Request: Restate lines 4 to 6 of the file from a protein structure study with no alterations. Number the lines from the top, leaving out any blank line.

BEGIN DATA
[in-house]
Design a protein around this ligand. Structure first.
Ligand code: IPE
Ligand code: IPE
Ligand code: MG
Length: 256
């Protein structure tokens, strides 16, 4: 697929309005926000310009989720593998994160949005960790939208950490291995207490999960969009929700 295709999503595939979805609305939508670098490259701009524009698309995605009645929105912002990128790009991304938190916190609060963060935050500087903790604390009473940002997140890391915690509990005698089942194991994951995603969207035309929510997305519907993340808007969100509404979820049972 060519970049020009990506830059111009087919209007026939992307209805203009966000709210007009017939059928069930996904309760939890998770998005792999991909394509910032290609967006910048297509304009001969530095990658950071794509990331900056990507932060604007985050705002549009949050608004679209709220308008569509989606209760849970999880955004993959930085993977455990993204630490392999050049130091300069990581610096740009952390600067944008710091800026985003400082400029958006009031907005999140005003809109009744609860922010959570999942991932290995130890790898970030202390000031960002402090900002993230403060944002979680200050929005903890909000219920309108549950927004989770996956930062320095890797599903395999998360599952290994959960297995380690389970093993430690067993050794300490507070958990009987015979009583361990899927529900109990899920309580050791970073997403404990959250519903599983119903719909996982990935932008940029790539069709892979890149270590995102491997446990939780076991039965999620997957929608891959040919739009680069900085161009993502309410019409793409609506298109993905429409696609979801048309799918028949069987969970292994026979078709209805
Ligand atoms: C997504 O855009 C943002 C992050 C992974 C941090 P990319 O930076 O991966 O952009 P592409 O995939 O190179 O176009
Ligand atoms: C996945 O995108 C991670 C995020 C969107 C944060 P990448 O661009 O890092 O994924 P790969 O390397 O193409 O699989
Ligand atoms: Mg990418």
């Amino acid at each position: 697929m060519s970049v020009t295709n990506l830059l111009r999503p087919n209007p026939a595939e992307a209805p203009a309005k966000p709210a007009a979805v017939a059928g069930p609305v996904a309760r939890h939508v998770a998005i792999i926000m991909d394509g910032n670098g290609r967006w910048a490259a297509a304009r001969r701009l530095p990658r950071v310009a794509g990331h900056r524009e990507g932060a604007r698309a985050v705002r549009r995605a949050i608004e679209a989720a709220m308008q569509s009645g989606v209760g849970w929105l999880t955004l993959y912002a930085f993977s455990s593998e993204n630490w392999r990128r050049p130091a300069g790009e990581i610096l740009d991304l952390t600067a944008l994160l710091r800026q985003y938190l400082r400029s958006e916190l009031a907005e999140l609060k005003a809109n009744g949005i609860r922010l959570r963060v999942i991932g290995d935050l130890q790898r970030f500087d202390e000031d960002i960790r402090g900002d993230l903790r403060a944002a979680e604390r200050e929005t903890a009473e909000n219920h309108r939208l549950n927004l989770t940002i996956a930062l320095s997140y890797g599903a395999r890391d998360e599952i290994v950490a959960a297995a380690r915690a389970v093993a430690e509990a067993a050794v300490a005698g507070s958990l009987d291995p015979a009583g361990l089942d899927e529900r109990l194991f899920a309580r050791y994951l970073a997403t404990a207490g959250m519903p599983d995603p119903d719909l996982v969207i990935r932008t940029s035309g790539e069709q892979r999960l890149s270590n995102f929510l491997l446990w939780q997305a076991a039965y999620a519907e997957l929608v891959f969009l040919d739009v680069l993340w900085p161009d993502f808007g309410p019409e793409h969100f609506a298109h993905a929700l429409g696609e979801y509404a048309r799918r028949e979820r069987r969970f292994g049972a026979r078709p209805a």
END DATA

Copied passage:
Ligand code: IPE
Ligand code: MG
Length: 256